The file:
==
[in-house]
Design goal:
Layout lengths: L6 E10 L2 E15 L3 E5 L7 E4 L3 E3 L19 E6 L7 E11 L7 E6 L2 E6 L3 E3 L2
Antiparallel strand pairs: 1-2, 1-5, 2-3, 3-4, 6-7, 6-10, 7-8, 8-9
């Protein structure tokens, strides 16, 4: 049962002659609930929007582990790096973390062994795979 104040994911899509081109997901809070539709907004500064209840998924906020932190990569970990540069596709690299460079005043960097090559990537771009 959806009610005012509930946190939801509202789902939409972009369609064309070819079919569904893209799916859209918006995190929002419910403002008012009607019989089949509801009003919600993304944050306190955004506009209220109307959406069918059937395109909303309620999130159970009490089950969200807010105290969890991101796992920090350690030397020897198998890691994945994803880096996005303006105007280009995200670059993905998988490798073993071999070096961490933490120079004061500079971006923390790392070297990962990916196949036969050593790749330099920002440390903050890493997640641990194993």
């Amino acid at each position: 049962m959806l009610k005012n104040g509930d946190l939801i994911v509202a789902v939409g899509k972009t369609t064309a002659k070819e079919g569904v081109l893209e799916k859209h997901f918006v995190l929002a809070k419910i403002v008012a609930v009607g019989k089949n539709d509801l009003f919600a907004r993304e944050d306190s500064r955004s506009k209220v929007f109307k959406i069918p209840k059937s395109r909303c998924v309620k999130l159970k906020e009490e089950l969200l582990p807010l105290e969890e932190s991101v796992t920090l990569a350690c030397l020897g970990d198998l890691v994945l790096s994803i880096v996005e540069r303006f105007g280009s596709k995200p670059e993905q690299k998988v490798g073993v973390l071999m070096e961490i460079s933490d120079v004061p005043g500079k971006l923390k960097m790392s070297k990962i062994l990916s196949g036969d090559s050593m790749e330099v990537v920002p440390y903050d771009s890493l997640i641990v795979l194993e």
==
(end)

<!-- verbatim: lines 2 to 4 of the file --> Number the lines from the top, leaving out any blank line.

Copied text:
Design goal:
Layout lengths: L6 E10 L2 E15 L3 E5 L7 E4 L3 E3 L19 E6 L7 E11 L7 E6 L2 E6 L3 E3 L2
Antiparallel strand pairs: 1-2, 1-5, 2-3, 3-4, 6-7, 6-10, 7-8, 8-9